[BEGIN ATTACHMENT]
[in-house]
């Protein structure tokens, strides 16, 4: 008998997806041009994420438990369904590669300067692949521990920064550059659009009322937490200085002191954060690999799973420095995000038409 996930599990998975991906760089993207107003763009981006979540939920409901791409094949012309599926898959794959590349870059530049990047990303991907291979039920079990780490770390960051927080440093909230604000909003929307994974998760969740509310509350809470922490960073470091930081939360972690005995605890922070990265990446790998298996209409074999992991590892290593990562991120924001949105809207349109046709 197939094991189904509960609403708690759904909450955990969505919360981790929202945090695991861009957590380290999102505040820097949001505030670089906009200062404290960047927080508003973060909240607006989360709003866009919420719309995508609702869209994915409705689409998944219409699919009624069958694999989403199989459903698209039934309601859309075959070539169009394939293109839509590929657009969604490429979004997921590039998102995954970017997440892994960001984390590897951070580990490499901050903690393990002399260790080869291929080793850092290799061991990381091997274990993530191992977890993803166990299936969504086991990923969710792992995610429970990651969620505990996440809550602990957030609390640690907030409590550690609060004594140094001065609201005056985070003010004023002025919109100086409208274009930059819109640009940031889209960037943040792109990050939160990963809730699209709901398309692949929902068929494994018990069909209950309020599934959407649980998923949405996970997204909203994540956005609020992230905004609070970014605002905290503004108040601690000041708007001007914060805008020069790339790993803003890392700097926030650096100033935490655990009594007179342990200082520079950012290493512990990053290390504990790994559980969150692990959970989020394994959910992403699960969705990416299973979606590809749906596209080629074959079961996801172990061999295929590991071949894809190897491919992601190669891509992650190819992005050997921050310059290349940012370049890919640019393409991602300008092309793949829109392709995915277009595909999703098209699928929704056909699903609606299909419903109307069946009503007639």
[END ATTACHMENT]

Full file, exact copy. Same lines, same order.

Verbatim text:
[in-house]
């Protein structure tokens, strides 16, 4: 008998997806041009994420438990369904590669300067692949521990920064550059659009009322937490200085002191954060690999799973420095995000038409 996930599990998975991906760089993207107003763009981006979540939920409901791409094949012309599926898959794959590349870059530049990047990303991907291979039920079990780490770390960051927080440093909230604000909003929307994974998760969740509310509350809470922490960073470091930081939360972690005995605890922070990265990446790998298996209409074999992991590892290593990562991120924001949105809207349109046709 197939094991189904509960609403708690759904909450955990969505919360981790929202945090695991861009957590380290999102505040820097949001505030670089906009200062404290960047927080508003973060909240607006989360709003866009919420719309995508609702869209994915409705689409998944219409699919009624069958694999989403199989459903698209039934309601859309075959070539169009394939293109839509590929657009969604490429979004997921590039998102995954970017997440892994960001984390590897951070580990490499901050903690393990002399260790080869291929080793850092290799061991990381091997274990993530191992977890993803166990299936969504086991990923969710792992995610429970990651969620505990996440809550602990957030609390640690907030409590550690609060004594140094001065609201005056985070003010004023002025919109100086409208274009930059819109640009940031889209960037943040792109990050939160990963809730699209709901398309692949929902068929494994018990069909209950309020599934959407649980998923949405996970997204909203994540956005609020992230905004609070970014605002905290503004108040601690000041708007001007914060805008020069790339790993803003890392700097926030650096100033935490655990009594007179342990200082520079950012290493512990990053290390504990790994559980969150692990959970989020394994959910992403699960969705990416299973979606590809749906596209080629074959079961996801172990061999295929590991071949894809190897491919992601190669891509992650190819992005050997921050310059290349940012370049890919640019393409991602300008092309793949829109392709995915277009595909999703098209699928929704056909699903609606299909419903109307069946009503007639």